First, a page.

Each file called dev_*.c in the src/devices/ directory is responsible for one hardware device. These are used from src/machines/machine_*.c, when initializing which hardware a particular machine model will be using, or when adding devices to a machine using the device() command in configuration files.

(I'll be using the name "foo" as the name of the device in all these examples. This is pseudo code, it might need some modification to actually compile and run.)

Each device should have the following:

  • A devinit function in src/devices/dev_foo.c. It would typically look something like this:
    	DEVINIT(foo)
    	{
    	        struct foo_data *d;
    
    		CHECK_ALLOCATION(d = malloc(sizeof(struct foo_data)));
    	        memset(d, 0, sizeof(struct foo_data));
    
    		/*
    		 *  Set up stuff here, for example fill d with useful
    		 *  data. devinit contains settings like address, irq path,
    		 *  and other things.
    		 *
    		 *  ...
    		 */
    
    		INTERRUPT_CONNECT(devinit->interrupt_path, d->irq);
            
    	        memory_device_register(devinit->machine->memory, devinit->name,
    	            devinit->addr, DEV_FOO_LENGTH,
    	            dev_foo_access, (void *)d, DM_DEFAULT, NULL);
            
    		/*  This should only be here if the device
    		    has a tick function:  */
    		machine_add_tickfunction(machine, dev_foo_tick, d,
    		    FOO_TICKSHIFT);
    
    		/*  Return 1 if the device was successfully added.  */
    	        return 1;       
    	}       
    

    DEVINIT(foo) is defined as int devinit_foo(struct devinit *devinit), and the devinit argument contains everything that the device driver's initialization function needs.

  • At the top of dev_foo.c, the foo_data struct should be defined.
    	struct foo_data {
    		struct interrupt	irq;
    		/*  ...  */
    	}
    

    (There is an exception to this rule; some legacy code and other ugly hacks have their device structs defined in src/include/devices.h instead of dev_foo.c. New code should not add stuff to devices.h.)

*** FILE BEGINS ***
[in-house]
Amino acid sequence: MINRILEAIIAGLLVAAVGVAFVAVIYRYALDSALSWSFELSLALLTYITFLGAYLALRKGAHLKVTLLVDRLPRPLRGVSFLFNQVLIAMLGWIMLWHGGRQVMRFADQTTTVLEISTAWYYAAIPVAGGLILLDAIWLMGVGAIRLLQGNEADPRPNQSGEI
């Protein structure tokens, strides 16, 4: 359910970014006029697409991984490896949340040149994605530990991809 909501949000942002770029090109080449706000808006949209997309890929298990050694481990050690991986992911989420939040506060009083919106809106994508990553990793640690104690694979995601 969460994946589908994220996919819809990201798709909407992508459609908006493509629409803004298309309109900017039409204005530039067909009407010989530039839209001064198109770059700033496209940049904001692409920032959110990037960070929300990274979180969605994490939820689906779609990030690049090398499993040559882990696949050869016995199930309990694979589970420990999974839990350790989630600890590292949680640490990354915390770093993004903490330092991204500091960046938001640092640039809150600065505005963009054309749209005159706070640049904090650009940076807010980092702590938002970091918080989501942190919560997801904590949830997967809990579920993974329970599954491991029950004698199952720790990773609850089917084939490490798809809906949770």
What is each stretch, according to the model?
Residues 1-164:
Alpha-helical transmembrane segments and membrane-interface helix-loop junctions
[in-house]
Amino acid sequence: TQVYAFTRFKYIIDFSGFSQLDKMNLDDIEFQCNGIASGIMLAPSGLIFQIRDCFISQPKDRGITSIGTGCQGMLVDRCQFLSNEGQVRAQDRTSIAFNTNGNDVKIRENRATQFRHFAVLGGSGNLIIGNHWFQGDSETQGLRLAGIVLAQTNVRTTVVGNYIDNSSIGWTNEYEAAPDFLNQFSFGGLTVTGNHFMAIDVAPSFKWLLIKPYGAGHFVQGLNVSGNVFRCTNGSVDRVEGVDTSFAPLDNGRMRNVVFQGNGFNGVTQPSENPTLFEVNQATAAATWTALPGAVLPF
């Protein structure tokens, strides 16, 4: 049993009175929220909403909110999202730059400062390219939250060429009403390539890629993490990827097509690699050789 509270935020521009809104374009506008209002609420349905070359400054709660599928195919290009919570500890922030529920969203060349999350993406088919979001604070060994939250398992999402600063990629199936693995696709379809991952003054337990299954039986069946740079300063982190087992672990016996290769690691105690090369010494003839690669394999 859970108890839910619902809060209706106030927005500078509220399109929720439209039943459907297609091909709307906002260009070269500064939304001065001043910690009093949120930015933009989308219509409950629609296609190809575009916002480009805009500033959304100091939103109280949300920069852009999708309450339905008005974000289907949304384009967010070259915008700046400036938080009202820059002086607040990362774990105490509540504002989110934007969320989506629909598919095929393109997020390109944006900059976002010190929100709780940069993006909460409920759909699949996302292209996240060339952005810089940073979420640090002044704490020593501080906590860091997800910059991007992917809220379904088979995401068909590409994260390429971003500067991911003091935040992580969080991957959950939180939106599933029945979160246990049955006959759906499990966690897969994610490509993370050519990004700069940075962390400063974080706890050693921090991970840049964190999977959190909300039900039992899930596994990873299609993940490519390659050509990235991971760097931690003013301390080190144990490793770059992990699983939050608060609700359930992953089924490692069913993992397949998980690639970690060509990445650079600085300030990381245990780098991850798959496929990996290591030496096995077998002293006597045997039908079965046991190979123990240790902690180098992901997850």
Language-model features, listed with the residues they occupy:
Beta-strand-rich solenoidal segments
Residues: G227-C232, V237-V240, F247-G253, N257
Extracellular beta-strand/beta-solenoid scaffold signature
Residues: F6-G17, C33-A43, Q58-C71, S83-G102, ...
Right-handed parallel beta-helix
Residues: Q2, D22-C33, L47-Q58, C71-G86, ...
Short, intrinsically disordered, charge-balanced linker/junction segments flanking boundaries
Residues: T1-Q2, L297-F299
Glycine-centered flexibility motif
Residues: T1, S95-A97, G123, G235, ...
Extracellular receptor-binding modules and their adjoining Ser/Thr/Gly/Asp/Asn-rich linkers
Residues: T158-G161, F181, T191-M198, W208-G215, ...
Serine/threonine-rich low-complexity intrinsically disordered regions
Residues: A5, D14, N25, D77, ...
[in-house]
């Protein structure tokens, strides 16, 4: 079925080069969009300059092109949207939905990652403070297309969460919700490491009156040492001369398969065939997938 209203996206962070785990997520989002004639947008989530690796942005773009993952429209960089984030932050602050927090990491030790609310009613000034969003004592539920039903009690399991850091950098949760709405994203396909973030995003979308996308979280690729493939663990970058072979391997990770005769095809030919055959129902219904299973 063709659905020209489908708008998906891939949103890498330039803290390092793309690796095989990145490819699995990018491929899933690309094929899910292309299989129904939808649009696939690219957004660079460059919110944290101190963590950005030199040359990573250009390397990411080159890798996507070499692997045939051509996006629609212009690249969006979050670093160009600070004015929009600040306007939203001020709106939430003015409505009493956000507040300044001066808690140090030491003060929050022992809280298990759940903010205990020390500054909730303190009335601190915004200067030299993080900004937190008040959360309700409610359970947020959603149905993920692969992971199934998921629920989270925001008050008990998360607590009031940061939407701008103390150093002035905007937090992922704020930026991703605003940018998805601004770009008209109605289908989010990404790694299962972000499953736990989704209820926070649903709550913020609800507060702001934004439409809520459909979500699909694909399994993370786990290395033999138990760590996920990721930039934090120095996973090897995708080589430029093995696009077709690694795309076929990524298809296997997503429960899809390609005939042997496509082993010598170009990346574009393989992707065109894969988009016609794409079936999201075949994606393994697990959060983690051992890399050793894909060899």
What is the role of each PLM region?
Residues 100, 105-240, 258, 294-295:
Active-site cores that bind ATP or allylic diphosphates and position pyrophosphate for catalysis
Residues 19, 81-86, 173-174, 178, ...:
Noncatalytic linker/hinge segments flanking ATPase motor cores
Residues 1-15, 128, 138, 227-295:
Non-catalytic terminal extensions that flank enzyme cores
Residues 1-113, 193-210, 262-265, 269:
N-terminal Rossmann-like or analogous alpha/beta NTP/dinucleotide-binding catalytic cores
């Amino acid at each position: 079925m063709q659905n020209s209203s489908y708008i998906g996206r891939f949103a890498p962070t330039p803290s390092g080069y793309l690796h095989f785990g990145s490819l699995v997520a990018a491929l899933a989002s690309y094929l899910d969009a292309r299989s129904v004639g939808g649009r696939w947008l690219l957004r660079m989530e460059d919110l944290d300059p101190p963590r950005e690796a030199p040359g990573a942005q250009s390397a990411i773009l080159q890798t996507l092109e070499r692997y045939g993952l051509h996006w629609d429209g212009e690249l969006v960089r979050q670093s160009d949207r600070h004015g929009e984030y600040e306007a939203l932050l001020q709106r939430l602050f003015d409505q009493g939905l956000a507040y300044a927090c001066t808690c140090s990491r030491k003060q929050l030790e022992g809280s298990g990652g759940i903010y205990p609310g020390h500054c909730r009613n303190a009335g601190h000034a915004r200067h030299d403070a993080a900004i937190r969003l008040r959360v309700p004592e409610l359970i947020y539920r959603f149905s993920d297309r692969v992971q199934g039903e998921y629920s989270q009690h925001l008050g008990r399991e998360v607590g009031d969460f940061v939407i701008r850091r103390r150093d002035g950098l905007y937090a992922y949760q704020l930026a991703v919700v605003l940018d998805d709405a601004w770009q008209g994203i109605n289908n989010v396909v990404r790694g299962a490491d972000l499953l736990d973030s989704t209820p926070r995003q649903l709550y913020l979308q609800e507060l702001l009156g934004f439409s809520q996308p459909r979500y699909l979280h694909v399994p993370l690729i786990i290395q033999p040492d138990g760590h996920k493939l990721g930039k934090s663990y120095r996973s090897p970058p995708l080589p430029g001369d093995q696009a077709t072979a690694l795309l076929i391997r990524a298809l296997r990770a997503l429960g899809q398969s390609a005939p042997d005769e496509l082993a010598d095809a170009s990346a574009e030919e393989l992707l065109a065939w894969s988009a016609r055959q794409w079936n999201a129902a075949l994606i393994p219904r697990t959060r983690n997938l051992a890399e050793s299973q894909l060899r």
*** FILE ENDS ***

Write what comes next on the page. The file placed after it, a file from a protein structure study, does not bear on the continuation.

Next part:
• If foo has a tick function (that is, something that needs to be run at regular intervals) then FOO_TICKSHIFT and a tick function need to be defined as well:
    	#define FOO_TICKSHIFT		14
    
    	DEVICE_TICK(foo)
    	{
    		struct foo_data *d = extra;
    
    		if (.....)
    			INTERRUPT_ASSERT(d->irq);
    		else
    			INTERRUPT_DEASSERT(d->irq);
    	}
    

  • Does this device belong to a standard bus?
    • If this device should be detectable as a PCI device, then glue code should be added to src/devices/bus_pci.c.
    • If this is a legacy ISA device which should be usable by any machine which has an ISA bus, then the device should be added to src/devices/bus_isa.c.

  • And last but not least, the device should have an access function. The access function is called whenever there is a load or store to an address which is in the device' memory mapped region. To simplify things a little, a macro DEVICE_ACCESS(x) is expanded into
    	int dev_x_access(struct cpu *cpu, struct memory *mem,
    	    uint64_t relative_addr, unsigned char *data, size_t len,
    	    int writeflag, void *extra)
    
    The access function can look like this:
    	DEVICE_ACCESS(foo)
    	{
    		struct foo_data *d = extra;
    		uint64_t idata = 0, odata = 0;
    
    		if (writeflag == MEM_WRITE)
    			idata = memory_readmax64(cpu, data, len);
    
    		switch (relative_addr) {
    
    		/*  Handle accesses to individual addresses within
    		    the device here.  */
    
    		/*  ...  */
    
    		}
    
    		if (writeflag == MEM_READ)
    			memory_writemax64(cpu, data, len, odata);
    
    		/*  Perhaps interrupts need to be asserted or
    		    deasserted:  */
    		dev_foo_tick(cpu, extra);
    
    		/*  Return successfully.  */
    		return 1;
    	}
    

The return value of the access function has until 2004-07-02 been a true/false value; 1 for success, or 0 for device access failure. A device access failure (on MIPS) will result in a DBE exception.

Some devices are converted to support arbitrary memory latency values. The return value is the number of cycles that the read or write access took. A value of 1 means one cycle, a value of 10 means 10 cycles. Negative values are used for device access failures, and the absolute value of the value is then the number of cycles; a value of -5 means that the access failed, and took 5 cycles.

To be compatible with pre-20040702 devices, a return value of 0 is treated by the caller (in src/memory_rw.c) as a value of -1.